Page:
Tuesday, June 23, 2015

Grave Mercy

9565548Why be the sheep, when you can be the wolf?

Seventeen-year-old Ismae escapes from the brutality of an arranged marriage into the sanctuary of the convent of St. Mortain, where the sisters still serve the gods of old. Here she learns that the god of Death Himself has blessed her with dangerous gifts—and a violent destiny. If she chooses to stay at the convent, she will be trained as an assassin and serve as a handmaiden to Death. To claim her new life, she must destroy the lives of others.

Ismae’s most important assignment takes her straight into the high court of Brittany—where she finds herself woefully under prepared—not only for the deadly games of intrigue and treason, but for the impossible choices she must make. For how can she deliver Death’s vengeance upon a target who, against her will, has stolen her heart?

*May Contain Spoilers*

I'm a little bit behind on this series, as I've been wanting to read this for some time. So, now, let me jump on the bandwagon and say -- Assassin nuns! The idea alone is completely and absolutely wonderful. Robin LeFevers uses historical events and details to weave her own story about the country of Brittany and a convent of sisters who serve Saint Mortain, the saint of death, in her novel Grave Mercy

This first installment focuses on Ismae, a girl scarred from birth and claimed as one of Mortain's daughters. Saved by an herbwitch and a priest, Ismae is hidden and taken to the one place she can be safe and learn to survive (and more). She's taken to become an assassin for Death himself. Ismae is a quiet creature, very reserved. She's so unsure at the beginning that it's difficult to assess her personality. Ismae is incredibly self-conscious. She's also nervous yet eager to prove herself as a skilled, competent assassin. Her loyalty and dedication to her gift is remarkable. Her ability to survive any type of poison is impressive. Readers will enjoy these little characteristics at the beginning. The connection between Ismae and readers will start to thicken as Ismae becomes a key player in the plot of Brittany politics. Her seemingly emotionless stature is replaced by a woman who is learning that life is more complex than ever imagined, and serving Saint Mortain isn't as black and white as the convent made it seem. As Ismae starts thinking for herself and using her own judgement, not to mention falling in love with Gavriel (!), readers will see her open up.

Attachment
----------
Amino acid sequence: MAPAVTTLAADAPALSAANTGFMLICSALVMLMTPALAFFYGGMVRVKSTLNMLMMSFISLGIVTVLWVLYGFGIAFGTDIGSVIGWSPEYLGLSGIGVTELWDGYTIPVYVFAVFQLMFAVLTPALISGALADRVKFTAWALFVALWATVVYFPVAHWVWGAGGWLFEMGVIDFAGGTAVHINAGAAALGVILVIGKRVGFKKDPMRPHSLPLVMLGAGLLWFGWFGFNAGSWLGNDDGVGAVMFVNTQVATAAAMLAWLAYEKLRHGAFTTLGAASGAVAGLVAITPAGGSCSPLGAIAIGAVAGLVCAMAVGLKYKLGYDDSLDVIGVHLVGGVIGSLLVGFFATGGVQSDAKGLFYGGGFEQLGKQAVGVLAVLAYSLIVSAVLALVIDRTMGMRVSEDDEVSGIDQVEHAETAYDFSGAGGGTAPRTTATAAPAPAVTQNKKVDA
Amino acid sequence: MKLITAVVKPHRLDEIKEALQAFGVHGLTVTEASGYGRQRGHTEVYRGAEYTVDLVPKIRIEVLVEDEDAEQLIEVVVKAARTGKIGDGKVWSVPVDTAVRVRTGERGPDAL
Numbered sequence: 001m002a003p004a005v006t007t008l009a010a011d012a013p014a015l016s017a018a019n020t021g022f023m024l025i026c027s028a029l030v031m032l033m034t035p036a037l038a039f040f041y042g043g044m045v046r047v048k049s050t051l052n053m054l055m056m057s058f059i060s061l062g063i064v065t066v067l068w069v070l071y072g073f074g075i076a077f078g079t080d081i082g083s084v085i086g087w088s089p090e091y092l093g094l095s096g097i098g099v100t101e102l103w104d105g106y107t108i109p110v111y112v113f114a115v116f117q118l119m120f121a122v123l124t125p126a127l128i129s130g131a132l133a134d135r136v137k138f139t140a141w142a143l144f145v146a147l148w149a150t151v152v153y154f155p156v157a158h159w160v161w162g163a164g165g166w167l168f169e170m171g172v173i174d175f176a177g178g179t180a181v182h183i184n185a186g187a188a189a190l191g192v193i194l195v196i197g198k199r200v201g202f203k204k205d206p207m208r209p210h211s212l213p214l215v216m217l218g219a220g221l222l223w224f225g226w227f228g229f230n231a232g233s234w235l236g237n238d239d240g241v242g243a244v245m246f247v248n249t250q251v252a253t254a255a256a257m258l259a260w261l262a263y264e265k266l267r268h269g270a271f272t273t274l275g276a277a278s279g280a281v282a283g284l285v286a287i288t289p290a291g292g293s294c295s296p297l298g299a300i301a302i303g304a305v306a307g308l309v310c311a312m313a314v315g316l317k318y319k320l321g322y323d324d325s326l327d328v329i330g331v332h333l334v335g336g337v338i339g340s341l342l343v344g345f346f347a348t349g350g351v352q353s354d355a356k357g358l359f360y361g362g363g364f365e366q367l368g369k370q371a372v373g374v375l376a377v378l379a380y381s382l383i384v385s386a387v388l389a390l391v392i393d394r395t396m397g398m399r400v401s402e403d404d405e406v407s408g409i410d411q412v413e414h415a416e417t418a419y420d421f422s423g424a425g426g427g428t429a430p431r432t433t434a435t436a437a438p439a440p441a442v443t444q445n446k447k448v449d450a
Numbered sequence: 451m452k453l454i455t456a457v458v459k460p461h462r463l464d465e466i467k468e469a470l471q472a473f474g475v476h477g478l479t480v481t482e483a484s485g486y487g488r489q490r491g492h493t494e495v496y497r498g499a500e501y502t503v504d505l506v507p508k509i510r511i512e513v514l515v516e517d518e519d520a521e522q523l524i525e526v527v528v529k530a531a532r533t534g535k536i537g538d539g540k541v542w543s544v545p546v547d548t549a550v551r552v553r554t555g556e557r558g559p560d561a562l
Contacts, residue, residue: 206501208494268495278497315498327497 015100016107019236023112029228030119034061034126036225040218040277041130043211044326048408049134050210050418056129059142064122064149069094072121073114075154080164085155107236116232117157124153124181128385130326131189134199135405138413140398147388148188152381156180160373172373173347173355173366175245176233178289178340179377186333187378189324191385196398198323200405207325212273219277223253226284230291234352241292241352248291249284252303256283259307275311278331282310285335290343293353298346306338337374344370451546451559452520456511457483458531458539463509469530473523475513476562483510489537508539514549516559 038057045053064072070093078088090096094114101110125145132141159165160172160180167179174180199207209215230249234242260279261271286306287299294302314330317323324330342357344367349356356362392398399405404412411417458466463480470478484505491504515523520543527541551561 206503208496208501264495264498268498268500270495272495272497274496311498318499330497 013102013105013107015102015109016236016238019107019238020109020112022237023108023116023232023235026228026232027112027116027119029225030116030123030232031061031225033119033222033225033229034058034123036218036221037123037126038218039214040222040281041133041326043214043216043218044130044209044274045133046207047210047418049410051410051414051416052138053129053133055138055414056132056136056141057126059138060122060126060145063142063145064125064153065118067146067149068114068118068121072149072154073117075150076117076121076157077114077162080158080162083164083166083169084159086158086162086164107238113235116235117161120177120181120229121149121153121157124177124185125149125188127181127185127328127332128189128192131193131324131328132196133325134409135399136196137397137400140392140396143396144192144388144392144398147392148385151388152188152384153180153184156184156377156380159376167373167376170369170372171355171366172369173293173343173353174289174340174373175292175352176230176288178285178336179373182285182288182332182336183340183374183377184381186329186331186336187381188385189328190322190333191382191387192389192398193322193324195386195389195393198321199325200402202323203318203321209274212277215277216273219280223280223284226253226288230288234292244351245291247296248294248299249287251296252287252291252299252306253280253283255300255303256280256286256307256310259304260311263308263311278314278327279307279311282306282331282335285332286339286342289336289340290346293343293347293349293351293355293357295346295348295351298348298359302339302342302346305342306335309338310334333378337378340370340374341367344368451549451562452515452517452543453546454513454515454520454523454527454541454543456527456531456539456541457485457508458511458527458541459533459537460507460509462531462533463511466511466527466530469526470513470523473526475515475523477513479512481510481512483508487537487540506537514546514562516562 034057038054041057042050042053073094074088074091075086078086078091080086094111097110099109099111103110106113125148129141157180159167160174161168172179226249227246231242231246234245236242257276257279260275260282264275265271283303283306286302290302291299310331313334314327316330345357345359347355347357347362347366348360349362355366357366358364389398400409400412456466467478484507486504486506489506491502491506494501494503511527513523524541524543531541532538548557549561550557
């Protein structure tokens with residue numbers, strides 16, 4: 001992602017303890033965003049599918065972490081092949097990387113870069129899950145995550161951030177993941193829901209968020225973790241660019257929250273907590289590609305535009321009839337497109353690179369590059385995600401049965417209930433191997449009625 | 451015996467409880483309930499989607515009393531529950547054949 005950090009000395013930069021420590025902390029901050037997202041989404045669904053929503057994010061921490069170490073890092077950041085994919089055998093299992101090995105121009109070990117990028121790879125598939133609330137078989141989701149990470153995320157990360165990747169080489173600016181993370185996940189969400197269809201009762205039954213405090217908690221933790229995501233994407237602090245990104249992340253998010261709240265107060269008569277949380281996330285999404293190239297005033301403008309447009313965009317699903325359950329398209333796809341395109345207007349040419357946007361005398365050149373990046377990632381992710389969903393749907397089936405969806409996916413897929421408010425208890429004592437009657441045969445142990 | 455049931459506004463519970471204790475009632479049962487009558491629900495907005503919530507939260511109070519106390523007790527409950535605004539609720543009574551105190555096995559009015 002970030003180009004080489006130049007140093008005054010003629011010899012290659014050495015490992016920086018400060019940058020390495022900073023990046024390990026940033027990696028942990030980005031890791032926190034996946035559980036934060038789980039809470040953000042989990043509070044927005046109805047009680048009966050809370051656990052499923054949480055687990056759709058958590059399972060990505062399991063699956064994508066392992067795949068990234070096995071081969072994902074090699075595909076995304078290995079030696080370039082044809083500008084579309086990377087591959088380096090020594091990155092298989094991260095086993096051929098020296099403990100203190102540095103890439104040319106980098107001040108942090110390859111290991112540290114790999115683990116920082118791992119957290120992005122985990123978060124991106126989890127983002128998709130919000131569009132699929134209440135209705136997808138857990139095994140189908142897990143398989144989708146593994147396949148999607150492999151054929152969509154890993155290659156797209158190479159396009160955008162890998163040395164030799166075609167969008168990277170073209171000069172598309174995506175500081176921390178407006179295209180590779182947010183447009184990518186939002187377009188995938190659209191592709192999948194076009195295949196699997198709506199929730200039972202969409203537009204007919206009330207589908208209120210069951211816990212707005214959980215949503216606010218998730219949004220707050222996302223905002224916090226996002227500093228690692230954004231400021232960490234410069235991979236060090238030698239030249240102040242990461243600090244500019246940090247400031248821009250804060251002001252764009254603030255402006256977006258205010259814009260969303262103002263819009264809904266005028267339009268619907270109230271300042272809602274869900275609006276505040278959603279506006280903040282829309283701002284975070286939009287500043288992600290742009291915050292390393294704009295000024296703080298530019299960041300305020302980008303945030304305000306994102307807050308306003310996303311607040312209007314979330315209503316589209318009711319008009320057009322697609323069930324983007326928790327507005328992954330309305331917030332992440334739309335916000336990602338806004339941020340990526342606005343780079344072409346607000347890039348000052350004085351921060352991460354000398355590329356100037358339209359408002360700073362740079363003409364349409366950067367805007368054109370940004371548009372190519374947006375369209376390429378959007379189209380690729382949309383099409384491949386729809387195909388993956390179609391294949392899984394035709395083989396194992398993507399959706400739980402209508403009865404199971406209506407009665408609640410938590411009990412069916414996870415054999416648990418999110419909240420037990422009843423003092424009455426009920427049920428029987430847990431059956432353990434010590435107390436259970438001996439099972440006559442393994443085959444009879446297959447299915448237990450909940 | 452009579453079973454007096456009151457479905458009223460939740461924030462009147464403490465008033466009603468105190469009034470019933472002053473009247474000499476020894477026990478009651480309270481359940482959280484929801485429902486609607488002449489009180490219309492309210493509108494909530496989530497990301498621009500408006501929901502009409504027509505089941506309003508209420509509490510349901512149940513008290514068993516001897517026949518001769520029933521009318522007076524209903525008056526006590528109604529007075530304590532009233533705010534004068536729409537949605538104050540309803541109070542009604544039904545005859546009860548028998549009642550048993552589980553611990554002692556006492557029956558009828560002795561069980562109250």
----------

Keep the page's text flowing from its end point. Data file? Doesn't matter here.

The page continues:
The plot of Grave Mercy loosely follows real historical events. The band of Saint Mortain's assassins serve their country first. When they learn that Gavriel Duval, the duchess's half-brother, may be in cahoots with France, they send Ismae to keep an eye on him and to gather information by pretending to want to help him. Soon Ismae starts to believe the traitor is someone other than Gavriel and she is determined to flush them out, but her heart serves as a distraction making the assignment more difficult than it first seemed. The story line completely captivated me. I love historical fiction and this was absolutely delightful. I think readers who enjoy tales of royal betrayal and slow blooming love will devour this book, much like I did. I absolutely do not want to wait to get my hands on the next one. This is definitely a trilogy for the book shelf. 

Rating: 4/5 Cups

1 comment:

  1. I liked this book a lot but I LOVED the second book! It was more character driven than this one. Happy reading!